PITTSBURGH (KDKA) – A water conservation order is now voluntary for Municipal Authority of Westmoreland County customers.

The notice affects 107,000 of the MAWC’s 120,000 customers.

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A mandatory conserve water notice was put into effect on May 14. The MAWC’s Indian Creek treatment plant had a failure of the electrical switch gear and a 4,000-volt power surge destroyed equipment used to pump water.

Customers within the Indian Creek and Beaver Run systems are being asked to conserve water.

Credit: Municipal Authority of Westmoreland County

Temporary repairs have since been made to the power supply.

“We want to thank the customers for conserving when they were asked, and their cooperation but we need to ask them to continue to conserve while the situation continues to improve,” said Michael F. Kukura, resident manager of the MAWC.

Under the voluntary notice, customers are being asked to use the minimum amount of water for drinking, cooking, bathing and washing clothes and dishes.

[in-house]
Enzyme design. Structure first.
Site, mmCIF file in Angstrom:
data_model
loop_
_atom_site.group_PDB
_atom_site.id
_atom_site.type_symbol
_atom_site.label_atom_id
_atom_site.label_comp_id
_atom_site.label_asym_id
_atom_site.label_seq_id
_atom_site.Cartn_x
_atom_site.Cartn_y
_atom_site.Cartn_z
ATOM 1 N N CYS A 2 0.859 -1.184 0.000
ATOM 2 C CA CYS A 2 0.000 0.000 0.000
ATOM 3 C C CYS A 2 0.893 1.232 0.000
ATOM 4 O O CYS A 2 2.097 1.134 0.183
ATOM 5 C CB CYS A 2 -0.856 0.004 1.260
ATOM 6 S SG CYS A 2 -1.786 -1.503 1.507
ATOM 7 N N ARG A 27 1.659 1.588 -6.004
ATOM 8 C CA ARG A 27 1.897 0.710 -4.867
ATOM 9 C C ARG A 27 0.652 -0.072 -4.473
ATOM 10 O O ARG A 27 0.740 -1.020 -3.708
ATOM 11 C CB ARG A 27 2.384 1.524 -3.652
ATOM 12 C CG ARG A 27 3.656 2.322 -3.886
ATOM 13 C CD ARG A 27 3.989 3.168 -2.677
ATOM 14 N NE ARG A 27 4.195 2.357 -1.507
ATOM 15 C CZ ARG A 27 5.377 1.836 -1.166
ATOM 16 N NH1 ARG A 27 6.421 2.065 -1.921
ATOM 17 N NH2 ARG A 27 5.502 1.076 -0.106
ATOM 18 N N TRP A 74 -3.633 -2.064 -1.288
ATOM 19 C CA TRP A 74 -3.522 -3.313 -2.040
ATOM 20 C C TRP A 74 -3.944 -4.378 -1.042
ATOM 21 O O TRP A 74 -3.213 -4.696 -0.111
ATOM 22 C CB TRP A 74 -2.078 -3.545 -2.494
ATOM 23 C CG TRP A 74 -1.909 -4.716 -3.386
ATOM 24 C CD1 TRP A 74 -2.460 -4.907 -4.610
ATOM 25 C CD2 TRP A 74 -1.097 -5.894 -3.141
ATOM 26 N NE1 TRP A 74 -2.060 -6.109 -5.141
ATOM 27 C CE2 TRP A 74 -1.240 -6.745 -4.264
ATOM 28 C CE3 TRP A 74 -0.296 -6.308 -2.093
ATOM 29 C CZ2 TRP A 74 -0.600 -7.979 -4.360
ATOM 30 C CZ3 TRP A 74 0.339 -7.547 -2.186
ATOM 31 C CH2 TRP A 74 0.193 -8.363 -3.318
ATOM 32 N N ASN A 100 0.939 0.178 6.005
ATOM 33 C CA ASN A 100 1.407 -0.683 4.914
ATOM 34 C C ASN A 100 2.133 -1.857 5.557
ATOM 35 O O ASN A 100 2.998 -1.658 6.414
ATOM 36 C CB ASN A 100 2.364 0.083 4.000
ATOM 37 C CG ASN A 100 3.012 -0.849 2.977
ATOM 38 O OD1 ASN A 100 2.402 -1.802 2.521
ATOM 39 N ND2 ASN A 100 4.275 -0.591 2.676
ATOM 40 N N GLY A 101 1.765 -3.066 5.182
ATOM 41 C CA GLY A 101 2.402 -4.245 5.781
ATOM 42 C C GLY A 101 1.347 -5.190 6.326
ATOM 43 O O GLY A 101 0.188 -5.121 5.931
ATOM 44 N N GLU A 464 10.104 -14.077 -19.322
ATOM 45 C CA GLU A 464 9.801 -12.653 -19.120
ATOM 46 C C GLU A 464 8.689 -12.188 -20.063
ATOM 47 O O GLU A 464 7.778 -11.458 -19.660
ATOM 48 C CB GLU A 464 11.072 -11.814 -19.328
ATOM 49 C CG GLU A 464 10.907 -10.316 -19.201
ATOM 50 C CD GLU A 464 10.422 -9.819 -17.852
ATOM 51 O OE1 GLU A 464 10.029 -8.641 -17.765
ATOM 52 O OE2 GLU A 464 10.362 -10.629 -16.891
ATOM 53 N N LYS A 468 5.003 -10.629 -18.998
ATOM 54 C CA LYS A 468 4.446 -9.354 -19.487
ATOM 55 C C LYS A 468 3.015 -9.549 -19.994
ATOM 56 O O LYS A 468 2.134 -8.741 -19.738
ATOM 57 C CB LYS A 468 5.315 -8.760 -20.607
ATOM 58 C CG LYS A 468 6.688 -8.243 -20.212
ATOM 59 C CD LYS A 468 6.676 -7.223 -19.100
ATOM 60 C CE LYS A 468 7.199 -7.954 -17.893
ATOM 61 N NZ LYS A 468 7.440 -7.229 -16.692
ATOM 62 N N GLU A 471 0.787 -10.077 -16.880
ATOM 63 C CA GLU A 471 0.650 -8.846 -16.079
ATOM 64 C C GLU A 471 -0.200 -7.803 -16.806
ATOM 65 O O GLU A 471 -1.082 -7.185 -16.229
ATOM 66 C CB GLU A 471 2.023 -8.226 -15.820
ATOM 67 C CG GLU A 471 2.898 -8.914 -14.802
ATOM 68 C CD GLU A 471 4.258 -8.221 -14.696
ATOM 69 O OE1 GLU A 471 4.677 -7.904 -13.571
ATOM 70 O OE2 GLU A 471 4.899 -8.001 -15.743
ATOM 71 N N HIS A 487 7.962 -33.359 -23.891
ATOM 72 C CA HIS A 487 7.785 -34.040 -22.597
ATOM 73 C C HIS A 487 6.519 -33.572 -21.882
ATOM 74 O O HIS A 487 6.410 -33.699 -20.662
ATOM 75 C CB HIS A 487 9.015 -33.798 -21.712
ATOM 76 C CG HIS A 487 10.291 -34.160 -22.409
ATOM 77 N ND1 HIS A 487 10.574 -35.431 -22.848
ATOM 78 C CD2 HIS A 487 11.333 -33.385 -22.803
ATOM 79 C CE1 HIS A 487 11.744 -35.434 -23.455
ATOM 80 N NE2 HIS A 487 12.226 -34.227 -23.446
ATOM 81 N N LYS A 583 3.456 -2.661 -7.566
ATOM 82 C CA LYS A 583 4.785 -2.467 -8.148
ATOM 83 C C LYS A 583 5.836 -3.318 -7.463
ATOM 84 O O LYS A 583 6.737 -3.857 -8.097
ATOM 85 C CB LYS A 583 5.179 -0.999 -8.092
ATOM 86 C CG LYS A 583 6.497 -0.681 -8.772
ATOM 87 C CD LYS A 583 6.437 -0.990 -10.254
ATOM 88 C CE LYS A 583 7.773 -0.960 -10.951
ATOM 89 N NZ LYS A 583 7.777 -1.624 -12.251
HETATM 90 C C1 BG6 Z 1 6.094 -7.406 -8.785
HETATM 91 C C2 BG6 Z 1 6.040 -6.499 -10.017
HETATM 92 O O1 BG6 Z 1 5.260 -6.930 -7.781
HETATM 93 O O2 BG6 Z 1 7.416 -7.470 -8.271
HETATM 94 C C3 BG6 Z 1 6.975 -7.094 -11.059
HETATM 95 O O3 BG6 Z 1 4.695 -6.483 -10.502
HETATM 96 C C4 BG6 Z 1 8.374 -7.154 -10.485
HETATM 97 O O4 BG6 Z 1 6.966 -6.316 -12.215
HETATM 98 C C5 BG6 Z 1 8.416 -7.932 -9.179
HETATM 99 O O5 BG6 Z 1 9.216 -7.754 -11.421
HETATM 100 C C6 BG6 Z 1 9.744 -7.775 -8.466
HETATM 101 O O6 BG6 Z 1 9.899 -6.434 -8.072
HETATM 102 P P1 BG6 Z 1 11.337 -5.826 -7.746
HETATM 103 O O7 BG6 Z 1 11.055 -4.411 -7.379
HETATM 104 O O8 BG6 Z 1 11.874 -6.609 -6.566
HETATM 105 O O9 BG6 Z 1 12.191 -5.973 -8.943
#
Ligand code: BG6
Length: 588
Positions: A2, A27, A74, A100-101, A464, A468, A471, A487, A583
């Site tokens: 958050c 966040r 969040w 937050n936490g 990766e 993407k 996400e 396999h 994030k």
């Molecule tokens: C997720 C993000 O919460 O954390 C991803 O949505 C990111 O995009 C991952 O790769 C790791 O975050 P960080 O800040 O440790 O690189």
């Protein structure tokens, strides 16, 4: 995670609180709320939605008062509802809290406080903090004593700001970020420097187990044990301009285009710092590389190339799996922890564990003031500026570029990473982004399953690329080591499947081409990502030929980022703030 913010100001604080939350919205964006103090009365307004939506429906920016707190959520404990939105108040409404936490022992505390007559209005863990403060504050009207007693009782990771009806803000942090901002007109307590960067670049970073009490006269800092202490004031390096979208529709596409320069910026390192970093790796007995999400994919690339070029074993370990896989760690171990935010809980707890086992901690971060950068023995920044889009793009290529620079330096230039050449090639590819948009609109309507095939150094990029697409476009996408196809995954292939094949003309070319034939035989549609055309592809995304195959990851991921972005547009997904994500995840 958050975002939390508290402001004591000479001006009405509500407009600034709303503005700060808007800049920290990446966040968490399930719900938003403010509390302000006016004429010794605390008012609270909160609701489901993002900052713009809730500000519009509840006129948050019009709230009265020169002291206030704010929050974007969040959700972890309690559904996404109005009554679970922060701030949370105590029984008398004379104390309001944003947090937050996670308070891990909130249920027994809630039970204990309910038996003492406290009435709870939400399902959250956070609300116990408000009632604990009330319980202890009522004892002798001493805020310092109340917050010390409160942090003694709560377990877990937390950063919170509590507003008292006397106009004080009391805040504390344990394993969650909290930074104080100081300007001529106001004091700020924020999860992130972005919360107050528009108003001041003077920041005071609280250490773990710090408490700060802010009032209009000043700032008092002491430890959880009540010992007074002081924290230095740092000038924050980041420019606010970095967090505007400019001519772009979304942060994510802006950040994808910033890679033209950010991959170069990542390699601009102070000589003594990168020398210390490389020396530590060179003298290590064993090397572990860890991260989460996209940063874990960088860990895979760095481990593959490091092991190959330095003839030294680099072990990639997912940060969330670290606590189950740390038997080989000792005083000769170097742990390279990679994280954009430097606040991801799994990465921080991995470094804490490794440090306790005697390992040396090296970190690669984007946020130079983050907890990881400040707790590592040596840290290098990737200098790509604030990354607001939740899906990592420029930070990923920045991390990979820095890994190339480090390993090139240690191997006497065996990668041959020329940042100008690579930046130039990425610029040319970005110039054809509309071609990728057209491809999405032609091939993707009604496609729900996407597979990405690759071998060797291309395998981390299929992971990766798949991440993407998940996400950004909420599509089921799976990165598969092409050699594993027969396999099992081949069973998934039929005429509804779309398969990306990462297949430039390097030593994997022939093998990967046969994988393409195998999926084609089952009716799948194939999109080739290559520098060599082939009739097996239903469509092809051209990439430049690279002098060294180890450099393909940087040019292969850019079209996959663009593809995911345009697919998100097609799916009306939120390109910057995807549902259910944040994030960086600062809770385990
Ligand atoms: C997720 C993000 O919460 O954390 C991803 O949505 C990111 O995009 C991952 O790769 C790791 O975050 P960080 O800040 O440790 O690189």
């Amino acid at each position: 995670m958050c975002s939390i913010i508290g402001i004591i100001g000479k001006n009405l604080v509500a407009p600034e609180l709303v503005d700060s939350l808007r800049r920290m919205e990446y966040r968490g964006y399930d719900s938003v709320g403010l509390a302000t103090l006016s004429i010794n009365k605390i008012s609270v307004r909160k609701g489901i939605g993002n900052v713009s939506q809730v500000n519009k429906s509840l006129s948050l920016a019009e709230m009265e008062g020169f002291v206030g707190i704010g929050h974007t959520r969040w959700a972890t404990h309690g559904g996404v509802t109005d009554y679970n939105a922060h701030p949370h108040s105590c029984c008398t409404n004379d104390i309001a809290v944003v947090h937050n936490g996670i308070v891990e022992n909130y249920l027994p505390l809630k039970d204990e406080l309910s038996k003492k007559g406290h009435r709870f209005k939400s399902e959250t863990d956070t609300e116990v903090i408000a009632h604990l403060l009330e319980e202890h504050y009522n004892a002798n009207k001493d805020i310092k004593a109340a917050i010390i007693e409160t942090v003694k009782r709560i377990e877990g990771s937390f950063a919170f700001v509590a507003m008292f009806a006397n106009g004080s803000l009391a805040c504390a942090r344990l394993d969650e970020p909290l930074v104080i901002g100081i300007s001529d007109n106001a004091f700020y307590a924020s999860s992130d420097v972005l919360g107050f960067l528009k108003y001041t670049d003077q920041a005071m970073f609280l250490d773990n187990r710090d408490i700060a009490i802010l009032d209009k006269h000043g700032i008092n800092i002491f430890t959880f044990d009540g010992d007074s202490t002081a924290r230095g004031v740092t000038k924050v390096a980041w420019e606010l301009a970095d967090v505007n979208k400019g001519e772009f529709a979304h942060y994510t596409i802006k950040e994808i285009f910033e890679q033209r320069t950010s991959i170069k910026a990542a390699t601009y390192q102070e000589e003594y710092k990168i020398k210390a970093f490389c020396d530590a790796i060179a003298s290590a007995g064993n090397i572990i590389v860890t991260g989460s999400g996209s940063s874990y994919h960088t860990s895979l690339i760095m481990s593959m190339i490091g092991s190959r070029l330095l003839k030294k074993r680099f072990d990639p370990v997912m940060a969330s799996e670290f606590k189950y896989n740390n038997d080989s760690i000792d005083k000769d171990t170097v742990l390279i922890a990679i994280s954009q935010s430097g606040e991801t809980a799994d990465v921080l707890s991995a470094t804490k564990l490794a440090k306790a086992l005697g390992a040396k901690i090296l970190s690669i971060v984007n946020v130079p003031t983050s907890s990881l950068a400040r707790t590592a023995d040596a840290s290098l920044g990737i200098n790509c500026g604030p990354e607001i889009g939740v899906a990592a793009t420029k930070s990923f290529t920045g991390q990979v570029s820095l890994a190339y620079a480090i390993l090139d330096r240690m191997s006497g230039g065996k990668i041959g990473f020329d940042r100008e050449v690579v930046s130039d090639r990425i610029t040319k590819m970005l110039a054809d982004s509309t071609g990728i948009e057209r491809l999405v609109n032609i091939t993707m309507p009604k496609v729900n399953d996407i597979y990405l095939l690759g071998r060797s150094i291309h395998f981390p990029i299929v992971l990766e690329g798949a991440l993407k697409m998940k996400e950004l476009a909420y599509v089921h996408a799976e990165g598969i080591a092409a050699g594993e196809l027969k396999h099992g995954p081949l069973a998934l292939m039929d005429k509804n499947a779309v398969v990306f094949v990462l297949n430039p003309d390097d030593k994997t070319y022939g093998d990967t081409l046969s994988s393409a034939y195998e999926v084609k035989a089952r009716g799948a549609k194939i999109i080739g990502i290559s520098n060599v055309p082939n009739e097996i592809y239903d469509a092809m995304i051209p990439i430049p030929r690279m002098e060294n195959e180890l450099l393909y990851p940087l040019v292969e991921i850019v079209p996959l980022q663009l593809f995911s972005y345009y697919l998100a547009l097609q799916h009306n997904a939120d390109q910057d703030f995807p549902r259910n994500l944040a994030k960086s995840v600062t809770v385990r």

However, the MAWC is asking customers to refrain from watering lawns, washing cars or filling pools, among other things.

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The Indian Creek system in Connellsville serves the southern part of MAWC’s service area. It is being joined with the Beaver Run system so the plant can supplement water to the southern portion.

At this point, the timetable for the permanent repairs isn’t known.

A consulting engineer is on site today figuring out what’s needed. But, the high-voltage equipment that was destroyed has to be specially made.

Kukura said he’s thankful that people have listened to the restrictions and that a surge protection system prevented the situation from being worse.

“Because those fuses and breakers did what they were supposed to do, we were able to get those temporary repairs and get back up and running relatively quickly,” Kukura said.

The water is safe, but is limited while crews repair the Indiana Creek system.

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